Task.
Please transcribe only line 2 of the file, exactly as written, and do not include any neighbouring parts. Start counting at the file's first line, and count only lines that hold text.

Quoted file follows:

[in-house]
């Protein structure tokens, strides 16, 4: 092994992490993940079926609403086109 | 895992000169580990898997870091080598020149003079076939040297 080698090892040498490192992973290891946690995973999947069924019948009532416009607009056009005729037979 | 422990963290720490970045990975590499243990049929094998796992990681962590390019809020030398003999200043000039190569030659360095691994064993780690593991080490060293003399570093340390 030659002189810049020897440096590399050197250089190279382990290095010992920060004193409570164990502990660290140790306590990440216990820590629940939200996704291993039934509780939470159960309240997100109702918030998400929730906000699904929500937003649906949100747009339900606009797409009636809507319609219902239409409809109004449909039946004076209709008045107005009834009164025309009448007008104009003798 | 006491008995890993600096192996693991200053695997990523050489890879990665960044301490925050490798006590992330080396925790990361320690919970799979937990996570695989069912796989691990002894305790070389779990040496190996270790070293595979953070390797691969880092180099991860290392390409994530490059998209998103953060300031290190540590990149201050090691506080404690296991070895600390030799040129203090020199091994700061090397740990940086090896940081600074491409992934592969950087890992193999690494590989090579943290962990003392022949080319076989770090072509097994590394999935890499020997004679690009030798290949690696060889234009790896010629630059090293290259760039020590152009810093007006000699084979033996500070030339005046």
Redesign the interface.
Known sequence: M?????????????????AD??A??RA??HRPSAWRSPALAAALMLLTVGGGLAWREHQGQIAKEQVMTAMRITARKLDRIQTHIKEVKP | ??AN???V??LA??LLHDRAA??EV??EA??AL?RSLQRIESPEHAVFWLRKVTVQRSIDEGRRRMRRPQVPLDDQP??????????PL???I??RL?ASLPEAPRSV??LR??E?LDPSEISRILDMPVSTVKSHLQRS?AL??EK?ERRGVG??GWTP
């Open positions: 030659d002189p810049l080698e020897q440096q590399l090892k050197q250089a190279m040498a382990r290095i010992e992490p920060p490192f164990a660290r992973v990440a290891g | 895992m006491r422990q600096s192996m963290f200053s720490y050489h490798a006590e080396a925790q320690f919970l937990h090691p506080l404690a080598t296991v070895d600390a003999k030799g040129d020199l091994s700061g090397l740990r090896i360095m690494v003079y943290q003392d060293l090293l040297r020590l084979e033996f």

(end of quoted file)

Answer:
């Protein structure tokens, strides 16, 4: 092994992490993940079926609403086109 | 895992000169580990898997870091080598020149003079076939040297 080698090892040498490192992973290891946690995973999947069924019948009532416009607009056009005729037979 | 422990963290720490970045990975590499243990049929094998796992990681962590390019809020030398003999200043000039190569030659360095691994064993780690593991080490060293003399570093340390 030659002189810049020897440096590399050197250089190279382990290095010992920060004193409570164990502990660290140790306590990440216990820590629940939200996704291993039934509780939470159960309240997100109702918030998400929730906000699904929500937003649906949100747009339900606009797409009636809507319609219902239409409809109004449909039946004076209709008045107005009834009164025309009448007008104009003798 | 006491008995890993600096192996693991200053695997990523050489890879990665960044301490925050490798006590992330080396925790990361320690919970799979937990996570695989069912796989691990002894305790070389779990040496190996270790070293595979953070390797691969880092180099991860290392390409994530490059998209998103953060300031290190540590990149201050090691506080404690296991070895600390030799040129203090020199091994700061090397740990940086090896940081600074491409992934592969950087890992193999690494590989090579943290962990003392022949080319076989770090072509097994590394999935890499020997004679690009030798290949690696060889234009790896010629630059090293290259760039020590152009810093007006000699084979033996500070030339005046």